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How to Make and Use a Flip Flop Winch

How to Make and Use a Flip Flop Winch

This week, we're bringing you a classic and interesting post from the archives of Todd Walker, aka Survival Sherpa. Todd has years of educational and survival experience under his belt, and his blog is a truly valuable online resource. 

I first discovered this ingenious flip-flop winch from a YouTube demonstration by Mors Kochanski, the Godfather and author of Bushcraft. A search of flip-flop winches on YT will garner several clips demonstrating the power of using two logs and some rope. So why would I add my video to the mix? Because it's only theory until you put it into action by Doing the Stuff!

In an emergency vehicle kit, weight and space are not an issue - unless you tool around in a Smart Car. For this winch, all you need are two logs and some rope. Of course, you're not hauling eight foot logs in your vehicle. You will have to cut those with your truck ax or takedown bucksaw.

Material and Tools

  • Ax or Saw - cut two logs about 8 feet in length
  • Rope - non-elastic is preferable for safety reasons
  • Cordage - enough to make two loops about 1 foot in diameter

 Scout for a straight tree (dead or live - it's an emergency) to cut. Anything between 4 to 6 inches in diameter is suitable. Cut two lengths in the 8 foot range. De-limb the poles by chopping any branches off with your sharp truck ax. You can saw them off but proper ax-manship makes quick work of the de-limbing. 

Lever and Pulley Pole

Now that you've got two poles, one will be used as the "lever pole," and the other will be your "pulley pole." I noticed in my video that I called the drum pole a "barrel" pole interchangeably. In this written tutorial, I will use "pulley pole" to hopefully clear up the verbiage. The terminology is not that important. What you need to know is that the pulley pole is where the rope will coil, similarly to that of a modern come-along.

Locate an Anchor

The base of a live tree is perfect. A dead tree is not a good candidate. You'll risk toppling the tree down if the object you're pulling is really stuck or heavy. Wrap the rope around the base of the anchor twice and tie it off.

Ideally, you want the anchor point and the object you're pulling to form a straight line sighted down the rope. Hopefully you have a few snatch blocks on hand to make a pull around trees and obstacles. 

Rigging the Poles

Midway between the anchor and object lay the two poles perpendicular to one another. Run the rope on top of the pulley pole about a foot from the larger end of the pole. Pull the rope back under the pole to form a loop. Insert the lever pole into the loop from the side of the pulley pole where the loop is formed. Give yourself about a foot of lever sticking through the loop.

There are two methods of rigging the winch. Rig 1: One causes the rope to coil on both sides of the pulley pole where the lever pole crosses (demonstrated in the video below). Rig 2: This technique causes the rope to spool on one side of the pulley pole.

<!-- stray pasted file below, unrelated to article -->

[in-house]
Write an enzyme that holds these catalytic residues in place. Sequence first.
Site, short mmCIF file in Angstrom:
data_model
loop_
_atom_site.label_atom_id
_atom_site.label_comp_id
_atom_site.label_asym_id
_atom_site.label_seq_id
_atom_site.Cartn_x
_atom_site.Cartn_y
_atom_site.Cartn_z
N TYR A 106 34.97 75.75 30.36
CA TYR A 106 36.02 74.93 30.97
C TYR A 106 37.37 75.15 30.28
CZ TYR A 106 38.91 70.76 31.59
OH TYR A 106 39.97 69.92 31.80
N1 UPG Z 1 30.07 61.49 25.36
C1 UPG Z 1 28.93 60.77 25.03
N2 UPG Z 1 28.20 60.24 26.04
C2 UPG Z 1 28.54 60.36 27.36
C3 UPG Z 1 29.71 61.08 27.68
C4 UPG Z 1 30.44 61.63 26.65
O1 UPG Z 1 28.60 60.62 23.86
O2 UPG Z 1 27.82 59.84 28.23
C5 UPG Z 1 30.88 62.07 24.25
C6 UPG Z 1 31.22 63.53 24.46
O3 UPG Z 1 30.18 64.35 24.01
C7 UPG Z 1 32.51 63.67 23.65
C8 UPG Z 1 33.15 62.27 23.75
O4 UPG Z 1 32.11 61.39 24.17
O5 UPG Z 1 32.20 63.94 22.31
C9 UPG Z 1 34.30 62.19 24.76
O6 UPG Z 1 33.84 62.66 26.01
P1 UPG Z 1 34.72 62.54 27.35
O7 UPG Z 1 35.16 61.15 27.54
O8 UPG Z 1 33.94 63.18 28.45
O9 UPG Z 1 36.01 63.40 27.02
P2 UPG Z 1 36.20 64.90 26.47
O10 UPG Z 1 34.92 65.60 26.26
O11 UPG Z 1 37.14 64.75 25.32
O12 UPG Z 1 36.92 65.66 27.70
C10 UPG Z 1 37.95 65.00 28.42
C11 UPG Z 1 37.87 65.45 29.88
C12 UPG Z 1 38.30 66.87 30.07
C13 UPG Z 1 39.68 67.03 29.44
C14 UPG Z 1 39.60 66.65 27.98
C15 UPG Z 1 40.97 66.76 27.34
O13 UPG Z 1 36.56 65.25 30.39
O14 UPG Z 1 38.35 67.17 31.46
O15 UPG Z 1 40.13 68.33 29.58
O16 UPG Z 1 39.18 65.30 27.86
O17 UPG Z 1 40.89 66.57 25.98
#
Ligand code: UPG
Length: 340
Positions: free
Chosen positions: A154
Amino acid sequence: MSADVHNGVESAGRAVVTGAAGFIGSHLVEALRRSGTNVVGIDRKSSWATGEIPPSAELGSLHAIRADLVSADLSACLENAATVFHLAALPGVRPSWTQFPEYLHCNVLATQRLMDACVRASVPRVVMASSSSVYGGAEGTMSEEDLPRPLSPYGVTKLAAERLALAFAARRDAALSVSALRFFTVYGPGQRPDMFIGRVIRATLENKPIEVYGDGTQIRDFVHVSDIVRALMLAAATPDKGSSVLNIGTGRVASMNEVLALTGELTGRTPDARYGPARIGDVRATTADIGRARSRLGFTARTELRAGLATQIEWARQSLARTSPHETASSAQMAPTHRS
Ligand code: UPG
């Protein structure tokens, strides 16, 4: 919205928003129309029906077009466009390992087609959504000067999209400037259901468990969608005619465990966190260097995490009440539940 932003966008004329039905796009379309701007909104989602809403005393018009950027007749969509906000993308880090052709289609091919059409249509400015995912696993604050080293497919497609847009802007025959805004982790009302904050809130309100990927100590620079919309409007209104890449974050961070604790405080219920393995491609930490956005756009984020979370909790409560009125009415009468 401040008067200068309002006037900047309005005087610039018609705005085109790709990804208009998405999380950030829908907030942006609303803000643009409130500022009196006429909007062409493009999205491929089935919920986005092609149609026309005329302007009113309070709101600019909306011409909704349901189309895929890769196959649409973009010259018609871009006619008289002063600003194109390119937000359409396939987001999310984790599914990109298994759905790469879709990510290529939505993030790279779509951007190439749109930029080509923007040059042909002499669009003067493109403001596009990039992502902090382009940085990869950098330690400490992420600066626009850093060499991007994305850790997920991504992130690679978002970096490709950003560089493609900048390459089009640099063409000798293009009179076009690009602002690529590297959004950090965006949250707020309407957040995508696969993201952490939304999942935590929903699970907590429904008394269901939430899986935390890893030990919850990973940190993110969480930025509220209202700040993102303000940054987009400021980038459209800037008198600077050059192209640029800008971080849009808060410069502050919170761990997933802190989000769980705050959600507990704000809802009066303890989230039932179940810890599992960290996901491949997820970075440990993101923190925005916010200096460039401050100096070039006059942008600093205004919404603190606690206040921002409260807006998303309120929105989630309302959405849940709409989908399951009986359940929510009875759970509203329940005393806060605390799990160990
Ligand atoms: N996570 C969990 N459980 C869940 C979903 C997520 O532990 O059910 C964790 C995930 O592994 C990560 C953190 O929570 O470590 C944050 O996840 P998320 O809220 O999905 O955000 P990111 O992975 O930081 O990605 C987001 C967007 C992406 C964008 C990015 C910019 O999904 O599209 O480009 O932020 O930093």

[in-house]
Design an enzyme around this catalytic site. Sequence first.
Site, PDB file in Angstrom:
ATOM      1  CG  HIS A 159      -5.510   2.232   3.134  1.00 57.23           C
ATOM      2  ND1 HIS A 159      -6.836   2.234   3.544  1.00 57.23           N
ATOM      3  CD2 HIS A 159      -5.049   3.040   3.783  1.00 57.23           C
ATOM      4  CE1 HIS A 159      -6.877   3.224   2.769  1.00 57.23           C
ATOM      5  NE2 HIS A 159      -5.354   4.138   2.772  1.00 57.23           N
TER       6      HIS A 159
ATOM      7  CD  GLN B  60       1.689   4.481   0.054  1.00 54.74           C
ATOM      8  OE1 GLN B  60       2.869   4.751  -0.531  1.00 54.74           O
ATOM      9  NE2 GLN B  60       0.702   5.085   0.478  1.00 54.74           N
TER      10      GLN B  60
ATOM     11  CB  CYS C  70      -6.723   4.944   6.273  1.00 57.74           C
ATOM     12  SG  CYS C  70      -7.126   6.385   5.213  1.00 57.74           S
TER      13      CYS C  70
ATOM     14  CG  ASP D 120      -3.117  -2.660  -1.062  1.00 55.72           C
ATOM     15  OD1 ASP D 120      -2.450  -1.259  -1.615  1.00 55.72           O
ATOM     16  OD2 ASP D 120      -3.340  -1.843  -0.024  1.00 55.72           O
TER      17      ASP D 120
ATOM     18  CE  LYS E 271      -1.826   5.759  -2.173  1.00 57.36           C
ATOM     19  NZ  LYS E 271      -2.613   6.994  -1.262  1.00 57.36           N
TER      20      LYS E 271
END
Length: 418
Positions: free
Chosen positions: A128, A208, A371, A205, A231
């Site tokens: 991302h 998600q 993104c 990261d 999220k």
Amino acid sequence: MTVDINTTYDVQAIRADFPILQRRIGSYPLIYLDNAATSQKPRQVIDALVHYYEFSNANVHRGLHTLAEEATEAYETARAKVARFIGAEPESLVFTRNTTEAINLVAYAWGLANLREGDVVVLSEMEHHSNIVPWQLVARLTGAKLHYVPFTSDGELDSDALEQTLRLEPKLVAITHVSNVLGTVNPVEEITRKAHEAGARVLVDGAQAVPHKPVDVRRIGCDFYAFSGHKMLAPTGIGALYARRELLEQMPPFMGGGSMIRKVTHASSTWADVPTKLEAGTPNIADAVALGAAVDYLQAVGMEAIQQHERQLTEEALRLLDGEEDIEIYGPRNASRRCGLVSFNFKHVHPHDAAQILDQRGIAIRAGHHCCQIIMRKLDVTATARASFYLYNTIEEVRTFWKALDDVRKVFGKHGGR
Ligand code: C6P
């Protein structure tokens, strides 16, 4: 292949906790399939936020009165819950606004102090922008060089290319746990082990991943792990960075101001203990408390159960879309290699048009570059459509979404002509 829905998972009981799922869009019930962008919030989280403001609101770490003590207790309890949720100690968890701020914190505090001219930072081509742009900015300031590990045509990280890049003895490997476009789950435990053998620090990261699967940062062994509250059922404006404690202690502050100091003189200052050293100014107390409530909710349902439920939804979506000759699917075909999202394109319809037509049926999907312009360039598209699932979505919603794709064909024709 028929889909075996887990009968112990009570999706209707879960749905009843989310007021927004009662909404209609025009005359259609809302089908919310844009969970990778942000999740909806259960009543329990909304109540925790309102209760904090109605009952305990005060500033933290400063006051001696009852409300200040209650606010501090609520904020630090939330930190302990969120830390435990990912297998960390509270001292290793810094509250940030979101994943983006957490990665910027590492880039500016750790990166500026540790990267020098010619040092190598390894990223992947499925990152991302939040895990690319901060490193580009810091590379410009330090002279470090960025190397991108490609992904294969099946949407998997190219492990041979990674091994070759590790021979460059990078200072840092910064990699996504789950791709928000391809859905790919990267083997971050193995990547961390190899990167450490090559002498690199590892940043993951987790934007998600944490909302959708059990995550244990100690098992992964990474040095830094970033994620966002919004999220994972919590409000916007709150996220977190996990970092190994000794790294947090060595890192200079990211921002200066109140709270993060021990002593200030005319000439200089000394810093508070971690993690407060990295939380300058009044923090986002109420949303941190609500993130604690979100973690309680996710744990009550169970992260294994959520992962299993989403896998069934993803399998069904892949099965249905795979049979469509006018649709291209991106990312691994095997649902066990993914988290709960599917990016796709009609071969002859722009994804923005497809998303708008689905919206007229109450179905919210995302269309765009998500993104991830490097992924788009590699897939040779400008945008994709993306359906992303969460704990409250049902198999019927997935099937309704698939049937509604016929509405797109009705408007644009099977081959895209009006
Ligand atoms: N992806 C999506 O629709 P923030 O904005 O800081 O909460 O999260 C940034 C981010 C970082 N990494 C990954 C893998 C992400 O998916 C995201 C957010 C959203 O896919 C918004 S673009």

With the winch rigged, pull the slack out of the line and tie it to the object you're pulling. 

Watch the winch in action here.

Start the Flip-Flop

Flip the lever pole up and over the pulley pole. Once on the ground, check the first wrap on the pulley pole. This is the time to straighten the loops around the pulley before real tension begins. Try to keep the rope from spooling on top of the previous coils, as this may weaken the rope. With each flip-flop, the rope will begin coiling on the pulley pole.


Now, flop the pulley pole over the rope for the next flip of the lever. If the pulley pole was magically suspended off the ground, no flop would be required. This would become a Spanish windlass. You'd simply spin the lever around a wheel and axle. The earth prevents this continuous spin. But the ground is what keeps the system from unraveling. The flop of the pulley pole is necessary for the lever to make another 180-degree revolution.

Continue this flip-flop action until the object is freed. Six full revolutions around the pulley is what it took to inch my truck up the incline to level ground in the video.


Disconnecting the Rig

Obviously, once a vehicle is freed, the rope is no longer under tension. However, when pulling a tree or rock, tension can be released by reversing the direction of the flip-flop. Once tension is removed, the spooled line can be handled safely.

Safety Concerns

There are inherent dangers when tension is applied to a rope or cable. If the rope has elasticity and snaps, the potential energy turns to kinetic energy moving like a slingshot or bow and arrow in opposite directions. Use rope without elasticity, nicks, abrasions, and a working load suitable for the task.

If you're alone, you must cross over the rope in this process. Minimize the risk from flying rope by laying a heavy coat or blanket (if available) on the rope at both ends. You can also lay branches on the line if no blanket is available. With two people, stepping over the taut line is unnecessary and much safer.

This powerful, simple machine takes practice to perform properly. With a minimum of tools and some rope, the flip-flop winch can be a lifesaver on the homestead or in the backcountry. Add it to your preparedness toolbox. Give it a try and share your results.

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